MIN 11, SEA 6: Total System Failure (for the Other Guys)
Image courtesy of © Joe Nicholson-USA TODAY SportsBox Score
Pineda: 7.0 IP, 5 H, 3 ER, 0 BB, 6 K, 70.3% strikes (64 of 91 pitches)
Home Runs: Castro (7), Kepler (9), Cron (10), Buxton (3)
Multi-Hit Games: Cron (4-for-5, HR), Rosario (3-for-5), Polanco (2-for-5), Sano (2-for-5, 2 2B), Buxton (2-for-5, HR)
WPA of +0.1: Castro .151, Cron .129
WPA of -0.1: None
(chart via FanGraphs)
Seattle was one of just two teams who have hit more home runs that the Twins so far this season. Both teams lived up to their early-season reputations. Jason Castro opened the scoring in the third inning with a solo home run. That gave him seven homers in his first 62 plate appearances on the year at that point. Insane.
I pointed out on Twitter before the game how Max Kepler had been struggling and suggested it may be time to slide him down in the order. He had a .476 OPS in May entering this game. So, of course, he hit his ninth home run in the third inning, another solo shot.
In the fourth inning, C.J. Cron hit what should be counted as something more than just a home run. He obliterated a fastball 453 feet into the upper deck. The exit velocity was 114.3 mph. This was already his 10th home run, and while so many others have been low laser beams, this one was a tall, majestic blast.
Byron Buxton added another homer in the fourth, a three-run blast, for his third of the season. He’s been on fire, coming into this game with a .326/.392/.565 line so far in May.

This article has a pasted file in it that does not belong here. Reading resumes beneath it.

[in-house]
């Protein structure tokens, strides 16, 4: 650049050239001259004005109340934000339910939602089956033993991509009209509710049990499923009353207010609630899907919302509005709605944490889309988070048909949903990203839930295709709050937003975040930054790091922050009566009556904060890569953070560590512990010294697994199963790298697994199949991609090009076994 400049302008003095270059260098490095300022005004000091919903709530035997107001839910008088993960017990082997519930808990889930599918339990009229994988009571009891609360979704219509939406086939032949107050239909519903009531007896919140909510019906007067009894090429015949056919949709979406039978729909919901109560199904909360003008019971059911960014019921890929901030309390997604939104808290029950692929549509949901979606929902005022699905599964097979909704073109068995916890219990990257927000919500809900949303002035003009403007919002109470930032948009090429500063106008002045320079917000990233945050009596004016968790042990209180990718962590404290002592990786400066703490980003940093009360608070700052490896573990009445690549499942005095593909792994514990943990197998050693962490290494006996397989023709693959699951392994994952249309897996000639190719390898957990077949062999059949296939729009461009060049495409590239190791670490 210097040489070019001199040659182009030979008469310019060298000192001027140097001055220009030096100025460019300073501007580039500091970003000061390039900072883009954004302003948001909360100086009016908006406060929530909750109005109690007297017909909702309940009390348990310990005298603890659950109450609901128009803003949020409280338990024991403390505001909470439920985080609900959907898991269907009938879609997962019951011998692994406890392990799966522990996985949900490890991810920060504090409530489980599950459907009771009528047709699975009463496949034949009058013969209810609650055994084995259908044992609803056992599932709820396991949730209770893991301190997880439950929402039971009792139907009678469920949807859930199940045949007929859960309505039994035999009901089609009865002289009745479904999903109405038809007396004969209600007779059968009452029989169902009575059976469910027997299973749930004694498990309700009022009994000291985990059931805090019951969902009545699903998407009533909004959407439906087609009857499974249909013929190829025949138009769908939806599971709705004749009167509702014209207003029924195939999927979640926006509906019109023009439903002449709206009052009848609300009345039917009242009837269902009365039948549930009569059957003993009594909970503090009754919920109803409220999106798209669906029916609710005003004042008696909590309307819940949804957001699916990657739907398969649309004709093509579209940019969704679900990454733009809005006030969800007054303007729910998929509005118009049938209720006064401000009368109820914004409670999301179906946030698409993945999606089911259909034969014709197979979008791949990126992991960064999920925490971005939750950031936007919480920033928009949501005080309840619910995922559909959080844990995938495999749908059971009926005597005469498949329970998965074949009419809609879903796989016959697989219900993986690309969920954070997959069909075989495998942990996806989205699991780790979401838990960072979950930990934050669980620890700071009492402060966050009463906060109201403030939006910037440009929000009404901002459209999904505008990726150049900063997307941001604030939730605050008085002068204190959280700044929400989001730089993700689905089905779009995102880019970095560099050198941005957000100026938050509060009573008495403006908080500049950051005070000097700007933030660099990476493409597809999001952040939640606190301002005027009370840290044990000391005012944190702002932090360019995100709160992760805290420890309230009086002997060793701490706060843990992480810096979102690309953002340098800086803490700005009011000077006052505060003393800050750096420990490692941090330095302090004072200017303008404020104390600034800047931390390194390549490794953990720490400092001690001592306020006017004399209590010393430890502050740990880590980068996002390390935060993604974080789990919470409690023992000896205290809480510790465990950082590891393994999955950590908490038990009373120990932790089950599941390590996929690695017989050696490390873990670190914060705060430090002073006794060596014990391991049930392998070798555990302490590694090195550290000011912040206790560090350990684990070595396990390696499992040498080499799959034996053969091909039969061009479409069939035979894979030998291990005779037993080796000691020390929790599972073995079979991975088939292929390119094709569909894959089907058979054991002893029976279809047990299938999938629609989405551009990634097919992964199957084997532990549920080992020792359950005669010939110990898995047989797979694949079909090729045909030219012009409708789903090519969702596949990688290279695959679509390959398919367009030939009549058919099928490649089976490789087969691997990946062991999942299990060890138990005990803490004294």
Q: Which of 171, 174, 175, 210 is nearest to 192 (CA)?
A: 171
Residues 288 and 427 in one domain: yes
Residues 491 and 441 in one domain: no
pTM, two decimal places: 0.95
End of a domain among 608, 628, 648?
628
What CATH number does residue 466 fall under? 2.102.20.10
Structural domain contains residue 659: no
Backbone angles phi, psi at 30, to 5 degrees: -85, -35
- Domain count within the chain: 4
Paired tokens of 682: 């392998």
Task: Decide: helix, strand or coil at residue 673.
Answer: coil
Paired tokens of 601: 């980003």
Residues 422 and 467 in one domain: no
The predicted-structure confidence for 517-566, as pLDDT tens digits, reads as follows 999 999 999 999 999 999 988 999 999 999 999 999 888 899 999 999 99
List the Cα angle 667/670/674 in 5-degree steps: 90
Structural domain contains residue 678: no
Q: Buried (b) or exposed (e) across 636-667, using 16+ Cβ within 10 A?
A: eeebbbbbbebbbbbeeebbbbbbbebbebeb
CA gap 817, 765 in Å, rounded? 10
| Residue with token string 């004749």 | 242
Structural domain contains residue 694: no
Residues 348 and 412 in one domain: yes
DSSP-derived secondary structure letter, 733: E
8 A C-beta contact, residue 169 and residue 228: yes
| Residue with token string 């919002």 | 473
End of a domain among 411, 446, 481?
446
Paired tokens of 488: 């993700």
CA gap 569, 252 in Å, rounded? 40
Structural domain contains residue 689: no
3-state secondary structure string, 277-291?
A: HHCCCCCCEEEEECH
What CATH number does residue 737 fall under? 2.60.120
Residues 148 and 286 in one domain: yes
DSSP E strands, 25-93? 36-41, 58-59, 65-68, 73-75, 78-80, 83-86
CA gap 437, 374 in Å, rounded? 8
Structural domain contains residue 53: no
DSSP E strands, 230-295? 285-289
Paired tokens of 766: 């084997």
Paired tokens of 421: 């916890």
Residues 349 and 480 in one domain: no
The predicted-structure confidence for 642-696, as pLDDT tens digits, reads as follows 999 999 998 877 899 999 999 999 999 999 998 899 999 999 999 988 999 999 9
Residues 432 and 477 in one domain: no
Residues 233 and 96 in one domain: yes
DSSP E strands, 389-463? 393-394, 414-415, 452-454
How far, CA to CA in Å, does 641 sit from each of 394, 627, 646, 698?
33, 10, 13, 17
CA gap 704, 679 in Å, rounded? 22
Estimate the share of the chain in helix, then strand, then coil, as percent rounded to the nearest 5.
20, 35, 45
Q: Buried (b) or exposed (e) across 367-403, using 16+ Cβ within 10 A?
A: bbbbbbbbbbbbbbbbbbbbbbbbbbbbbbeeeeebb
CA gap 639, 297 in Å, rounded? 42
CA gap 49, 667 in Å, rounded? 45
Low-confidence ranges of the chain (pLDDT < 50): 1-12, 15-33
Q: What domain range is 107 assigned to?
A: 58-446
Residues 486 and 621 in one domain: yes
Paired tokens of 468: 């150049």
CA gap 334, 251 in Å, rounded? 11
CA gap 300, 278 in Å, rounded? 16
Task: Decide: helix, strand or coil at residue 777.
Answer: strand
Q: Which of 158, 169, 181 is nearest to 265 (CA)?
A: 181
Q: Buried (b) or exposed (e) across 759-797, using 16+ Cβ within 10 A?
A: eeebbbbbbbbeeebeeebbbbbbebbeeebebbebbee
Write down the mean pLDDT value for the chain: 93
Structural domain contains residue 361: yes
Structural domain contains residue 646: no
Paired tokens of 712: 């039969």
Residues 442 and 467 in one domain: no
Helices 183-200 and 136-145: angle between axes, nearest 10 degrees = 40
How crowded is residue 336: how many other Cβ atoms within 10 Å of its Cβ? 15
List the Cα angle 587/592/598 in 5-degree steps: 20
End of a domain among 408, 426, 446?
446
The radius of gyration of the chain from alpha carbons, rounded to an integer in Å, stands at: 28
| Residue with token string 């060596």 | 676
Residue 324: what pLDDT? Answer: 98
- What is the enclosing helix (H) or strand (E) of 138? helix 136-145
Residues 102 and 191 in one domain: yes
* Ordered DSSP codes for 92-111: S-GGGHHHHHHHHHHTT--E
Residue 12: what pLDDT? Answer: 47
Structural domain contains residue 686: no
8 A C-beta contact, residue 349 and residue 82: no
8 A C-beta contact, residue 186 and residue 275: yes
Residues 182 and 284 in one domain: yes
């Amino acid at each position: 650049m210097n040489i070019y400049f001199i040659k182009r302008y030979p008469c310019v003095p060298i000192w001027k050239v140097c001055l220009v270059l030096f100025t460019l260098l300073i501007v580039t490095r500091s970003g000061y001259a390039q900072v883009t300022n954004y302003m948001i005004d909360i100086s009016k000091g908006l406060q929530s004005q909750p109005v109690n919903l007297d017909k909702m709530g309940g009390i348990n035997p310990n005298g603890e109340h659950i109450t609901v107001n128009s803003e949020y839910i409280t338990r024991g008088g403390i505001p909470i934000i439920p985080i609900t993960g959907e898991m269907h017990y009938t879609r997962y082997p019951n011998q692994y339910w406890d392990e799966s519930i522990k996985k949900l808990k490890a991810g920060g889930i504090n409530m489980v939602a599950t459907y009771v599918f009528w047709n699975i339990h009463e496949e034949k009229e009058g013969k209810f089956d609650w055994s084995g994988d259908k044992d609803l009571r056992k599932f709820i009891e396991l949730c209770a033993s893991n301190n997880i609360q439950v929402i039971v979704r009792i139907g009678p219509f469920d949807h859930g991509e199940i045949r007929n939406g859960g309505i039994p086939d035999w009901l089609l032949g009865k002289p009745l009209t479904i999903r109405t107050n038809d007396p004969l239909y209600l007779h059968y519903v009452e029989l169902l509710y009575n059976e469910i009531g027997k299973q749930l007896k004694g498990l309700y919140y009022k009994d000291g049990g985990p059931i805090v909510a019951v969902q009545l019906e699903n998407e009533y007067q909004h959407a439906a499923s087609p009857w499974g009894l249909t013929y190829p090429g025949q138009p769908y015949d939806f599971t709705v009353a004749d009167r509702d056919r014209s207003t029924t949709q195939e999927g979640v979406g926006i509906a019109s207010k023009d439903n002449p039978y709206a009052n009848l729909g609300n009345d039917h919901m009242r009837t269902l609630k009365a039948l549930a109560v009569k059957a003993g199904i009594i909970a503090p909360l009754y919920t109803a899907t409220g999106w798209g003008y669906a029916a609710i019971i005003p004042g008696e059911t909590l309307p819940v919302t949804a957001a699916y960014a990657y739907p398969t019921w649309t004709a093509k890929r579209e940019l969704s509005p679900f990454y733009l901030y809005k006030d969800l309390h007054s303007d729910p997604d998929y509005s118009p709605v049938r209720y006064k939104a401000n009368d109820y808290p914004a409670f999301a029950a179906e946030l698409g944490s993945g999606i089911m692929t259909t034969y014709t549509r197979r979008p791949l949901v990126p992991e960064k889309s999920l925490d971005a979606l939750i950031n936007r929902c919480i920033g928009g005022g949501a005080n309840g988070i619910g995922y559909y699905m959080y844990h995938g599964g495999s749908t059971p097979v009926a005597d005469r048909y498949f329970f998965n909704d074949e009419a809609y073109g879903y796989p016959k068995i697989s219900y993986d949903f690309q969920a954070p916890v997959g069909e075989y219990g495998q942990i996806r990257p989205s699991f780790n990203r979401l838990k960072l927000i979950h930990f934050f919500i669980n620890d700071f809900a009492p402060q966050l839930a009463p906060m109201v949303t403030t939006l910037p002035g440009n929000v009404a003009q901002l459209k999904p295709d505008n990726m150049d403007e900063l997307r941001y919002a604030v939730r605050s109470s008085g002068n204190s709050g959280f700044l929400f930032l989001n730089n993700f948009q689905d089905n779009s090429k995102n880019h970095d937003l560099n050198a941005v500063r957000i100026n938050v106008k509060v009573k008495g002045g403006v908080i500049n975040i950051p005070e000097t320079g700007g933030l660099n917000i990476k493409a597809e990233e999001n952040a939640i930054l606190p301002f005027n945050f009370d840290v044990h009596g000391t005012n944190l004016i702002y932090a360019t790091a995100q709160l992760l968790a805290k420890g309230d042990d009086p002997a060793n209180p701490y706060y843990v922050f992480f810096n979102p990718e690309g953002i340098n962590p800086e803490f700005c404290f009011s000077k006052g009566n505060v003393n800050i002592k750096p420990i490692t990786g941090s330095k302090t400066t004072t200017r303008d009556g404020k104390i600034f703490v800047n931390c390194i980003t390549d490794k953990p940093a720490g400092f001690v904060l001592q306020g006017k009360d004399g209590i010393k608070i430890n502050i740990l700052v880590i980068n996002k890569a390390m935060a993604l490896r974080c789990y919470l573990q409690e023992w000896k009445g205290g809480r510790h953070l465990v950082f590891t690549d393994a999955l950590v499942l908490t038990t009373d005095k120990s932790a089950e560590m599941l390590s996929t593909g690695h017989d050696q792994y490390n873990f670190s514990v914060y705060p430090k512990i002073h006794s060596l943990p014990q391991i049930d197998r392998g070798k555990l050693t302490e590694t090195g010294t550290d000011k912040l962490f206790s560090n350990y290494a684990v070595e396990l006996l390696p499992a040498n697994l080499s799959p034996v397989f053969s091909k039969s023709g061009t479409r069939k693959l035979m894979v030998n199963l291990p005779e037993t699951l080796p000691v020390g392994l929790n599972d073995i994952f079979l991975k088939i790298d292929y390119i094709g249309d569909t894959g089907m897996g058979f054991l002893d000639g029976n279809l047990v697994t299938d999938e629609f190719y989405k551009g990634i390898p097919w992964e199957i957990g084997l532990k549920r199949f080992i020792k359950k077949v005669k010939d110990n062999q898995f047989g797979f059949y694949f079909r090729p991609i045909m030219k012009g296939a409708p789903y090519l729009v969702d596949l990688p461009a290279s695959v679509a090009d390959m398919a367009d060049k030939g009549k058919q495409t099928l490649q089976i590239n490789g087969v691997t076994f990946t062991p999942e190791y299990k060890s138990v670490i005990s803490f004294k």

Pineda Pounds the Zone
The Mariners hit three homers of their own. Michael Pineda did exactly what you’d want a starting pitcher to do when spotted an eight-run lead. He went into strike-throwing mode, but that aggressiveness led to a couple of those home runs. Solo home runs in blowouts don’t matter much, but bailing out what’s been a busy bullpen most definitely does.
After the bats broke out that big lead, Pineda threw over 72% of his pitches for strikes. He ended up needing just 91 pitches to complete seven innings, giving a bit of a beat up bullpen a much-needed break. Pineda got 16 swinging strikes, struck out six batters, did not issue a walk and only got into one three-ball count.
Tonight marked the 2019 season debut for Miguel Sano. He hit seventh and played third base. C.J. Cron was the DH (still no Nelson Cruz) while Marwin Gonzalez handled first base, so they could have very easily worked things out to not have Miguel in the field. It seems like a good sign that they wanted him out there.
Anyway, Sano got a slider right over the heart of the plate in his first at-bat but grounded out to third base. He did not miss in his second at-bat, he hit a fastball 103.4 mph to left field for a double. By the third time Sano came up, the Twins had already built a 9-1 lead. He hit into a bases-loaded, inning-ending ground out. Once again, it was a very good pitch to hit.
Sano faced old friend Anthony Swarzak in his fourth at-bat. After fouling off the first two pitches, Sano struck out on a checked swing. All three pitches were sliders. He added a second double in his final at-bat of the night, driving in a run to pad the Twins’ lead.
So the final line for Sano was 2-for-5 with a pair of doubles, an RBI and a strikeout. He also looked good on his lone defensive chance of the evening.
Here’s a quick look at the number of pitches thrown by the bullpen over the past five days:
Next Three Games
Fri at SEA, 9:10 pm CT (Perez-Gonsales)
Sat at SEA, 9:10 pm CT (Berrios-LeBlanc)
Sun at SEA, 3:10 pm CT (Gibson-Kikuchi)
MIN 8, LAA 7: Twins Squeak Out Victory
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